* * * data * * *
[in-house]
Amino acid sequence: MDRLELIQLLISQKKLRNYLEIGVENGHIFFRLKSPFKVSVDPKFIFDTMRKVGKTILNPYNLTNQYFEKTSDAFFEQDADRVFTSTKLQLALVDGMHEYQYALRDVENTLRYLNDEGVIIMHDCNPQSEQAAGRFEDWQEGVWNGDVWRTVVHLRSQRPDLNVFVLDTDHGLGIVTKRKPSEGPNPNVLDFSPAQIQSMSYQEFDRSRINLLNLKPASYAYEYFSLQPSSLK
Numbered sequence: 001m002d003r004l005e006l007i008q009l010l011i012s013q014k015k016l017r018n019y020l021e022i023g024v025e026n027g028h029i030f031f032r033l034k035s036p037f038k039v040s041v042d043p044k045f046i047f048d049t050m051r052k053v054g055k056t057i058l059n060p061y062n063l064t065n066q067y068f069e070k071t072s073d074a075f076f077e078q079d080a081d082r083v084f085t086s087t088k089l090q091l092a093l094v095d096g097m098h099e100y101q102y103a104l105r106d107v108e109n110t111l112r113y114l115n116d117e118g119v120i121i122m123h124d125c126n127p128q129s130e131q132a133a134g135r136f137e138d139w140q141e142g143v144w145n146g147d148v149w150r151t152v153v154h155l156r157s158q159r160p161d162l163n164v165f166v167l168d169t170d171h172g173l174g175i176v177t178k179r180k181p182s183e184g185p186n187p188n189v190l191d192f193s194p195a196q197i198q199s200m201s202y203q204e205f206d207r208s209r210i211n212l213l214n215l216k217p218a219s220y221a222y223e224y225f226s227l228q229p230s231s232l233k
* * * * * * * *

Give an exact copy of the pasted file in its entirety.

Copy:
[in-house]
Amino acid sequence: MDRLELIQLLISQKKLRNYLEIGVENGHIFFRLKSPFKVSVDPKFIFDTMRKVGKTILNPYNLTNQYFEKTSDAFFEQDADRVFTSTKLQLALVDGMHEYQYALRDVENTLRYLNDEGVIIMHDCNPQSEQAAGRFEDWQEGVWNGDVWRTVVHLRSQRPDLNVFVLDTDHGLGIVTKRKPSEGPNPNVLDFSPAQIQSMSYQEFDRSRINLLNLKPASYAYEYFSLQPSSLK
Numbered sequence: 001m002d003r004l005e006l007i008q009l010l011i012s013q014k015k016l017r018n019y020l021e022i023g024v025e026n027g028h029i030f031f032r033l034k035s036p037f038k039v040s041v042d043p044k045f046i047f048d049t050m051r052k053v054g055k056t057i058l059n060p061y062n063l064t065n066q067y068f069e070k071t072s073d074a075f076f077e078q079d080a081d082r083v084f085t086s087t088k089l090q091l092a093l094v095d096g097m098h099e100y101q102y103a104l105r106d107v108e109n110t111l112r113y114l115n116d117e118g119v120i121i122m123h124d125c126n127p128q129s130e131q132a133a134g135r136f137e138d139w140q141e142g143v144w145n146g147d148v149w150r151t152v153v154h155l156r157s158q159r160p161d162l163n164v165f166v167l168d169t170d171h172g173l174g175i176v177t178k179r180k181p182s183e184g185p186n187p188n189v190l191d192f193s194p195a196q197i198q199s200m201s202y203q204e205f206d207r208s209r210i211n212l213l214n215l216k217p218a219s220y221a222y223e224y225f226s227l228q229p230s231s232l233k